When the Bomb Drops
For many men, a wife's request for divorce is the first sign of trouble in the marriage.
By July 1, 1995 - last reviewed on June 9, 2016published
When the Bomb Drops
For many men, a wife's request for a divorce is the first inkling that something is wrong with the relationship. It hits them out of the blue.
Truth is, such men just don't recognize the signs. Take one common pattern: A wife snipes at everything he does, but he never stops to ask why she's always angry.
After the bomb drops, these men are usually in terrible shape, say Steven Lerner, Ph.D., of Kansas's famed Menninger Clinic, and Betty Carter, M.S.W., head of the Westchester (New York) Institute for Family Therapy. They don't just lose their wife and kids, they lose their entire social network. Ashamed of being "done to," and even more ashamed about the distress they're experiencing, they feel a failure and get deeply depressed. They tend to relentlessly stalk their partner; they refuse to let go.
And that, say Lerner and Carter, makes it a perfect opportunity for them--to redefine their masculinity. They need to shift their focus from their ex to themselves. Here's the irony: Changing themselves sometimes even has a positive impact on the marriage. But it always has a positive impact on the man.
Carter says that only her long-term feminism enabled her to see through to the heart of the problem: Women are often living their husband's emotional lives for them, protecting them, not expecting much of them--and then divorcing them for living up to those low expectations.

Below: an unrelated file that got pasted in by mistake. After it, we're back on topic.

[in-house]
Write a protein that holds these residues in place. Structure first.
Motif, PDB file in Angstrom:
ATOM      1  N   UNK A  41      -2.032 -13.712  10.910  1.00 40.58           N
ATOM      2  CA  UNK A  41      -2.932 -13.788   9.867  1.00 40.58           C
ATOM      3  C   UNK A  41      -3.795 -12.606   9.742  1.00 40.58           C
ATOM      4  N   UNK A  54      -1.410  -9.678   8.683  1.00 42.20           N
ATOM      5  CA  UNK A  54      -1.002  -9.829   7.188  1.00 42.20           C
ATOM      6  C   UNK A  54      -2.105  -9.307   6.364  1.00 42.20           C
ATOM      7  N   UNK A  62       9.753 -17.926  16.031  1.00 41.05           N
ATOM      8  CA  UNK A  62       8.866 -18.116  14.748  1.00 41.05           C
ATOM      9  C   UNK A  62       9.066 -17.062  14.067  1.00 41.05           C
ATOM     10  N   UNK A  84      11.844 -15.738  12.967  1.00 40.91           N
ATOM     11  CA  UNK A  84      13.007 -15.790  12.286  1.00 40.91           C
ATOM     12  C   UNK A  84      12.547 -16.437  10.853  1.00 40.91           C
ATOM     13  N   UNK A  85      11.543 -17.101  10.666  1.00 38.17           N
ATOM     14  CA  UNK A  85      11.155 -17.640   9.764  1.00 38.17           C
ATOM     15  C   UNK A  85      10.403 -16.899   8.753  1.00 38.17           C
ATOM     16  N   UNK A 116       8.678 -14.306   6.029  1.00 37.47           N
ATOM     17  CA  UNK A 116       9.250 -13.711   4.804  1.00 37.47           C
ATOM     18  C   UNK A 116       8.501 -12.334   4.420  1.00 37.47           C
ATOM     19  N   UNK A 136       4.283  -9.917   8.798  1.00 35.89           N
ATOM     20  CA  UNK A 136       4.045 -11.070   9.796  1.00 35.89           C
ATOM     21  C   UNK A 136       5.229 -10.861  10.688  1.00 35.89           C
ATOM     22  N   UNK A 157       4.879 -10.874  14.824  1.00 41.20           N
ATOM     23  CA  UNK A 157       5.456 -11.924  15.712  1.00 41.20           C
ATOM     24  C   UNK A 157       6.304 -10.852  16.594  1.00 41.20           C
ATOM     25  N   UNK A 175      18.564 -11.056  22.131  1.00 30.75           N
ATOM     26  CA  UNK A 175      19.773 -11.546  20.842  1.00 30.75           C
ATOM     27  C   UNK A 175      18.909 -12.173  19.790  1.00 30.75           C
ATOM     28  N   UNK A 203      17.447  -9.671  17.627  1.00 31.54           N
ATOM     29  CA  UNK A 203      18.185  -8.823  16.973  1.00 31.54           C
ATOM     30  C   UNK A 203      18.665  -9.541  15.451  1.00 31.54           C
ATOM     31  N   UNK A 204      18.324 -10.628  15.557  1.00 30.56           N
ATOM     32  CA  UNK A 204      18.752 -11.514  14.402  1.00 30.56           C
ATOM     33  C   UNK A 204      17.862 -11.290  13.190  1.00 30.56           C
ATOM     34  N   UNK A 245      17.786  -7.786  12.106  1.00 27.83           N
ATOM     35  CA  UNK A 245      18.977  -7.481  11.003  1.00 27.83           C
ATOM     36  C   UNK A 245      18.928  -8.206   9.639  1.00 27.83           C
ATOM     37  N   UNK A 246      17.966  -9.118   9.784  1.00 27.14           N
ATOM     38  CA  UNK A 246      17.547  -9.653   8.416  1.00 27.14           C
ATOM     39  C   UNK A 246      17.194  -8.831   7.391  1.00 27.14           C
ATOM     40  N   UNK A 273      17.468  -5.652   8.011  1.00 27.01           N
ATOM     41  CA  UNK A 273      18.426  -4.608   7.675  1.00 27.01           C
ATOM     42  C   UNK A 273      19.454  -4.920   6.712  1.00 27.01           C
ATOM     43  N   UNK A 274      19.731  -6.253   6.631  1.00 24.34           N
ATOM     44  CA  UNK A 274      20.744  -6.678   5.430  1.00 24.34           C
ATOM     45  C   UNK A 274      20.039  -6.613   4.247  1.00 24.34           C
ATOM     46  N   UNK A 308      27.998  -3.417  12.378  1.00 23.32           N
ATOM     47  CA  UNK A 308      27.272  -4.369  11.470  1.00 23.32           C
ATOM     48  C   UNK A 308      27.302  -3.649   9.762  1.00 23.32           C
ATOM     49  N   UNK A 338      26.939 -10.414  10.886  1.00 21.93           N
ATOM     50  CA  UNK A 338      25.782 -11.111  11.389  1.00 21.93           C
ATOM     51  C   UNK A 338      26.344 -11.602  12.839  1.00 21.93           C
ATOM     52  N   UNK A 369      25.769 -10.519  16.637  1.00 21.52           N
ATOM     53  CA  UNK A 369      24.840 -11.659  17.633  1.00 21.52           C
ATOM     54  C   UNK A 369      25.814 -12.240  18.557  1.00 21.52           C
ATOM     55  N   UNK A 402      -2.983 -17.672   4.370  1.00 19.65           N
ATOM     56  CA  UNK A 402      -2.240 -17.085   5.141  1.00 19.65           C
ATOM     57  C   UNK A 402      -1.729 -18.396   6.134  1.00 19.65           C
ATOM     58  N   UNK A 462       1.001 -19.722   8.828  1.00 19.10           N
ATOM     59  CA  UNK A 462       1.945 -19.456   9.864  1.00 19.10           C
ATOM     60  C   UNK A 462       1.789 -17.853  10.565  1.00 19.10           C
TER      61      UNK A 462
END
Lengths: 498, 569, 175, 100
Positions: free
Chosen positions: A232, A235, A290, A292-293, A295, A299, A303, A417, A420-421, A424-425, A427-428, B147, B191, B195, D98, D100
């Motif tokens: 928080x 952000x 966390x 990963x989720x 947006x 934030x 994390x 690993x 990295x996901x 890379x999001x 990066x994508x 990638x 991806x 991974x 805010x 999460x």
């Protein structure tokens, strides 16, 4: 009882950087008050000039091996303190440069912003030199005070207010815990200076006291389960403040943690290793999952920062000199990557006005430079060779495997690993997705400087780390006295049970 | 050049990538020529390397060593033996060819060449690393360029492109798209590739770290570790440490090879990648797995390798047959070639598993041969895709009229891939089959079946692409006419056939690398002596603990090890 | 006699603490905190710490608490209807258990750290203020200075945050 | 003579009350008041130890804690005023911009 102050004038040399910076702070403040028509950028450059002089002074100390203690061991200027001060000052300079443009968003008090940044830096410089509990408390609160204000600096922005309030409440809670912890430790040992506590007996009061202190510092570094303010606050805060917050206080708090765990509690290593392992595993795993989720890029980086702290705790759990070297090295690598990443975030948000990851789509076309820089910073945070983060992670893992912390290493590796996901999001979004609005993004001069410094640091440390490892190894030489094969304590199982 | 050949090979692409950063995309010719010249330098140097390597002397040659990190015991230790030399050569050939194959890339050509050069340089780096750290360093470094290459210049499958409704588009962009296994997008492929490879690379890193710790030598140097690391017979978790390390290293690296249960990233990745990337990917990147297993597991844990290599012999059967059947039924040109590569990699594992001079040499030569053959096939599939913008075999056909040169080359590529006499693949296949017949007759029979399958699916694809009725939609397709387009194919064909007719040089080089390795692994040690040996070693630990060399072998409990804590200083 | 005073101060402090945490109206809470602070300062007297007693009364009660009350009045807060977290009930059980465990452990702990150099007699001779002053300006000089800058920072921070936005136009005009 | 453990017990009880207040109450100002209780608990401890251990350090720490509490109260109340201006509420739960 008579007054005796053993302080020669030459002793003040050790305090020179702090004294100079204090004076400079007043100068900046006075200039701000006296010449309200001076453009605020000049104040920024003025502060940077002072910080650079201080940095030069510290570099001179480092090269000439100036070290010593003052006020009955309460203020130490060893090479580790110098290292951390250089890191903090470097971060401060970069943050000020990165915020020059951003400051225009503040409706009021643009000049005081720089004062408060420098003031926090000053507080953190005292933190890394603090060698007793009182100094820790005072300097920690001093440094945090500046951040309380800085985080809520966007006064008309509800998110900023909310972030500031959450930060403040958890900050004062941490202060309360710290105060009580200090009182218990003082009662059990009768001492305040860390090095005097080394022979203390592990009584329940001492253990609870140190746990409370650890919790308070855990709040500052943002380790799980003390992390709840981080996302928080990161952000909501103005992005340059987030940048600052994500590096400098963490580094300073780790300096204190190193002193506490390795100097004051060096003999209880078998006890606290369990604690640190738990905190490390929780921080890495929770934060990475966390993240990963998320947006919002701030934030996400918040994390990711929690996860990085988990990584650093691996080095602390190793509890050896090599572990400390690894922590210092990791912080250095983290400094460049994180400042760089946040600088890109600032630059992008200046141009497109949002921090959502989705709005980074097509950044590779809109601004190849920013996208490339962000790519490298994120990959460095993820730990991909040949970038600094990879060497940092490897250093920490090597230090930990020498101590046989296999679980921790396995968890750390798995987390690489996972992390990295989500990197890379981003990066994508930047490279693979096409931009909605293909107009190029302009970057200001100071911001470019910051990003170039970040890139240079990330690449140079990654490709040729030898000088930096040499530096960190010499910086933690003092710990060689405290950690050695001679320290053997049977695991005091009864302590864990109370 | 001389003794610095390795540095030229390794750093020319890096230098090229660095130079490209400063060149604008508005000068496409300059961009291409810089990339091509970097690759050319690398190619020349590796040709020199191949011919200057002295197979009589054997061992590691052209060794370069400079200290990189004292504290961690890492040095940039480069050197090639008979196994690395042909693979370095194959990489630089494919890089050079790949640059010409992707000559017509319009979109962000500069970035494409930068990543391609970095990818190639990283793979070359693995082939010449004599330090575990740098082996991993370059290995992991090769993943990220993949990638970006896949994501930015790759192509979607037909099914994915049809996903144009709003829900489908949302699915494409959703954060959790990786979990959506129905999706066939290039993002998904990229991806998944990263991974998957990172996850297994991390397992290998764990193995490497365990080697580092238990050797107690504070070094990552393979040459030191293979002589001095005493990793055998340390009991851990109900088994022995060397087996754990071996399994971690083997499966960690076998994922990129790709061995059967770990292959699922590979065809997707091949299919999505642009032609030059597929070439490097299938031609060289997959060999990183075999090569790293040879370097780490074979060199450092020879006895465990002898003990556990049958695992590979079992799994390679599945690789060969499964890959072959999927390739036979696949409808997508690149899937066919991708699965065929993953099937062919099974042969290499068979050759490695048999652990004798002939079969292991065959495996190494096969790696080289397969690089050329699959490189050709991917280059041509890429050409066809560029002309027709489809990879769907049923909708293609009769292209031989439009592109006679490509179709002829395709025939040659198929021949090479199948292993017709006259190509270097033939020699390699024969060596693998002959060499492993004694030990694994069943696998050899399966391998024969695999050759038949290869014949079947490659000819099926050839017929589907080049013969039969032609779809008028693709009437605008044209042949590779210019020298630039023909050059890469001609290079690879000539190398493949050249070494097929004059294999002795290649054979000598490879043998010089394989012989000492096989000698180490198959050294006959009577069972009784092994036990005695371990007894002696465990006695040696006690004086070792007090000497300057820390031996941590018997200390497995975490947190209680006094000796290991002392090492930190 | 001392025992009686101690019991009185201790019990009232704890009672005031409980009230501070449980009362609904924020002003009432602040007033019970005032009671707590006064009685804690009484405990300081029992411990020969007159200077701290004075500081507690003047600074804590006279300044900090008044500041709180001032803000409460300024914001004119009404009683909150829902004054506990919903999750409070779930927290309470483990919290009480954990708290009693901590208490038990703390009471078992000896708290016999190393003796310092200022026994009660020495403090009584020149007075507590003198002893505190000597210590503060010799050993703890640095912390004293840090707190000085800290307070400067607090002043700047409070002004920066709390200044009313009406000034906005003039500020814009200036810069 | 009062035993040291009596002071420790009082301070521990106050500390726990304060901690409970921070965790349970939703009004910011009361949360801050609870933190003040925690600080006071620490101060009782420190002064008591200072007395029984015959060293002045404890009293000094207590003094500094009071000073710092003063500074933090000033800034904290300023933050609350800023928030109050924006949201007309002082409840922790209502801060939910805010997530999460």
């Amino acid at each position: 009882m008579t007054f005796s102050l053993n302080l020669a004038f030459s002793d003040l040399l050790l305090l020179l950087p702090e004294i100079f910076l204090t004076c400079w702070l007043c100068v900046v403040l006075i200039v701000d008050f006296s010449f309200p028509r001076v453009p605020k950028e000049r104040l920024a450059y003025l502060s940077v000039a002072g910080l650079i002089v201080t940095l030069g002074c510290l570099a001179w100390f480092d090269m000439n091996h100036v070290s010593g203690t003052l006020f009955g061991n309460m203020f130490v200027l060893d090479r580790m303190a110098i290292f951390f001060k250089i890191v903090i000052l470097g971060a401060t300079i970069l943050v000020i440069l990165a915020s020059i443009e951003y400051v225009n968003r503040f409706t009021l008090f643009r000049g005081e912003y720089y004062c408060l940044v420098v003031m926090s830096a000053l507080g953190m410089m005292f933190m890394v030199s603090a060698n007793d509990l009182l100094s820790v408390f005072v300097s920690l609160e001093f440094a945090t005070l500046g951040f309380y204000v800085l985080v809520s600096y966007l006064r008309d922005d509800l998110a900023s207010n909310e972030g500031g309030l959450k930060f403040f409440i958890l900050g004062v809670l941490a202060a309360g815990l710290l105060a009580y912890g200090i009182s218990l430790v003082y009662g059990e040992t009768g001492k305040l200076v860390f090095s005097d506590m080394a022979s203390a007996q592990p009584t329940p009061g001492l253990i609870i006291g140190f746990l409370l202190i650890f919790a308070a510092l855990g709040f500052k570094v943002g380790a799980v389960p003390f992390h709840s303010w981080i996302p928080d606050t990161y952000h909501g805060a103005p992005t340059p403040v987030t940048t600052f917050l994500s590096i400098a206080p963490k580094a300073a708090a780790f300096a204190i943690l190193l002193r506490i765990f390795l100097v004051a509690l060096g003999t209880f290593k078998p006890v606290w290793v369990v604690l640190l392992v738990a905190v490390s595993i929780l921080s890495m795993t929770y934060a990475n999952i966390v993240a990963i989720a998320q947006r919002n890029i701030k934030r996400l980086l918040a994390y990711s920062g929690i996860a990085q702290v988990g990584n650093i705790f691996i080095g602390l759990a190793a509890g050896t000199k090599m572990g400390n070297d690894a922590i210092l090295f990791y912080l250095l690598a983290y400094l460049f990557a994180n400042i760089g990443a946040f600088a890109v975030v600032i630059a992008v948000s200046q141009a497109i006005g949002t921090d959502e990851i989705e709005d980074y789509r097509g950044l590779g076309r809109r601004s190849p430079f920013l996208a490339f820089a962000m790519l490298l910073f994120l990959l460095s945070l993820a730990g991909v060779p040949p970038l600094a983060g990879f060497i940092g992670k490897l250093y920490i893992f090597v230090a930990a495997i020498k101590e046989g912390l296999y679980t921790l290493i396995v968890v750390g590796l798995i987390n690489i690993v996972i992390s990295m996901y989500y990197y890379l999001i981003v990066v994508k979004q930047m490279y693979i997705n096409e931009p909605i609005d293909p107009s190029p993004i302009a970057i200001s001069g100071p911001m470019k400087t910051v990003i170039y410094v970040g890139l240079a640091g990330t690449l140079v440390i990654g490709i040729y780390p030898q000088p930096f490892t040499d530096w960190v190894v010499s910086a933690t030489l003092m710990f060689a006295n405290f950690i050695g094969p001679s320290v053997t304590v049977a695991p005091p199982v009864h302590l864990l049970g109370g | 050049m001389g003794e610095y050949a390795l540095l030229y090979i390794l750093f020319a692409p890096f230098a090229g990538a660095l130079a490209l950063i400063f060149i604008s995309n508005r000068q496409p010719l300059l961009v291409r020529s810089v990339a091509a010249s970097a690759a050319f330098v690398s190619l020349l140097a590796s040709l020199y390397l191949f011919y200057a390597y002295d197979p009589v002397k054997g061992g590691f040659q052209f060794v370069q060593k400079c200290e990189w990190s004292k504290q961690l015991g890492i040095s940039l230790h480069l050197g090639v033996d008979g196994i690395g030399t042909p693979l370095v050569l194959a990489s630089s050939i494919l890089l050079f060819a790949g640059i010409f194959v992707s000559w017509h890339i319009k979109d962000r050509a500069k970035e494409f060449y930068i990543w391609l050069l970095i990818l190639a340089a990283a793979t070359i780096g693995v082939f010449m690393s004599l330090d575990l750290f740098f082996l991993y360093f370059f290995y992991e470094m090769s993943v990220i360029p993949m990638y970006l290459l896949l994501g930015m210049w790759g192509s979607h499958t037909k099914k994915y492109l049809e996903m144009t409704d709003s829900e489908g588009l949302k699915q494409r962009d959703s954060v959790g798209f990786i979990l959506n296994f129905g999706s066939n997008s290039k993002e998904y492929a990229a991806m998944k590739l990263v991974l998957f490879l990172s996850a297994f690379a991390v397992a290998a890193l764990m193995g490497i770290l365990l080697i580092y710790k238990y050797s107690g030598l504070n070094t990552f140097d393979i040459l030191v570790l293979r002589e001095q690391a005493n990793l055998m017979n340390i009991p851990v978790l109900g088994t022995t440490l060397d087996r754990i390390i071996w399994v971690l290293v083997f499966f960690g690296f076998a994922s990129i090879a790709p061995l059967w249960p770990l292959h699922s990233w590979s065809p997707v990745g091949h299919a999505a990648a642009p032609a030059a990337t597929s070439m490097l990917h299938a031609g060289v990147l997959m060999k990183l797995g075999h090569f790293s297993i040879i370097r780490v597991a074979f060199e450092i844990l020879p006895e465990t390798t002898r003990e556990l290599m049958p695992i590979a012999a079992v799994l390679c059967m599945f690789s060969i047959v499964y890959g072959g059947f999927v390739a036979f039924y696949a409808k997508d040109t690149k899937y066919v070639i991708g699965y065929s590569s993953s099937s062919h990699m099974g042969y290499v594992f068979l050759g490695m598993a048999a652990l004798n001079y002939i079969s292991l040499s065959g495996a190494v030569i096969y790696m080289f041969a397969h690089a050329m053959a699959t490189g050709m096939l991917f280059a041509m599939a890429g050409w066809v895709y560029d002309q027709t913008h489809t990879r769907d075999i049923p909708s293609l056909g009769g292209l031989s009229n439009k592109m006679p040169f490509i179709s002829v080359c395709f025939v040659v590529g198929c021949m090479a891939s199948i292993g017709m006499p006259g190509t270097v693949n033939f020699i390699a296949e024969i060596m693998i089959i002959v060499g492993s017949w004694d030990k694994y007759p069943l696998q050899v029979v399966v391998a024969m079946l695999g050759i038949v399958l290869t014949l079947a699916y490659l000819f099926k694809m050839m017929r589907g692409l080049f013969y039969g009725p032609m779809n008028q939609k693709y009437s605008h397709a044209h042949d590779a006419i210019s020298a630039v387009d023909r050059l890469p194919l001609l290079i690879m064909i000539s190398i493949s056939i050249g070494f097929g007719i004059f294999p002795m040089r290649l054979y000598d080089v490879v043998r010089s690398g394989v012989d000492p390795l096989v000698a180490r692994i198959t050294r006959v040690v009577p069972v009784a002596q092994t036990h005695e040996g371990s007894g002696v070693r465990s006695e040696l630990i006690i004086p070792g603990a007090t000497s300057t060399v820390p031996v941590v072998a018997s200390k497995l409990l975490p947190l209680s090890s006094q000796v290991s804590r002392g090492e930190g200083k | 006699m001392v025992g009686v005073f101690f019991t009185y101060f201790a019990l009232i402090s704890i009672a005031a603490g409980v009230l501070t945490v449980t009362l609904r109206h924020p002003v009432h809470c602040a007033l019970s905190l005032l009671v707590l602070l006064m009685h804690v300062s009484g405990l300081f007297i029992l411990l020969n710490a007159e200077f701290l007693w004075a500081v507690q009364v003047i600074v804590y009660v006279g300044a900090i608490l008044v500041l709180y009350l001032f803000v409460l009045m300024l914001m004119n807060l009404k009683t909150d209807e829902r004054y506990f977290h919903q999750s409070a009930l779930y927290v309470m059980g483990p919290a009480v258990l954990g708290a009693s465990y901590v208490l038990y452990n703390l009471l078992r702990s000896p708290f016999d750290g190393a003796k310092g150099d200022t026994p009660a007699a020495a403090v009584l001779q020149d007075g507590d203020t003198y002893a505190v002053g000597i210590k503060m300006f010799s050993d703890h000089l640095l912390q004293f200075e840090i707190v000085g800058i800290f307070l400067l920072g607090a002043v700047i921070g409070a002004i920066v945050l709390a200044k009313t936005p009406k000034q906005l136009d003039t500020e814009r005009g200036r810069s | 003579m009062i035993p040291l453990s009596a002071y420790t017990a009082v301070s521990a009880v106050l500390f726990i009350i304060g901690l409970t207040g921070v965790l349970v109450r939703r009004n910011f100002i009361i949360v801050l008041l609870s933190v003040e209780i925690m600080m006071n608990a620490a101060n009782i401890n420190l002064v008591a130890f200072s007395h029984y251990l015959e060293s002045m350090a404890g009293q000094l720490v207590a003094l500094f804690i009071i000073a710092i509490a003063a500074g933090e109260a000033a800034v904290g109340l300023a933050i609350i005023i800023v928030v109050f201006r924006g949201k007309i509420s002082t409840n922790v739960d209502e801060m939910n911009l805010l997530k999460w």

"It's a time for guys to pick up the developmental pieces of themselves they lost along the way," says Carter. "They need to do the developmental work that they didn't do at the time they left home."
For most males, that means recovering the sense of emotional connectedness they did not have as part of their upbringing, like learning how to take responsibility for contacting others and building their own supportive social network.
Although many men will almost instinctively try to isolate themselves, both Carter and Lerner believe it's imperative that they get a push in the opposite direction. So they start such guys off making contact with their own family of origin, from whom they often feel cut off. They also guide them to actively cultivate friends.
There's only one alternative--to stay stuck in permanent grief over the loss.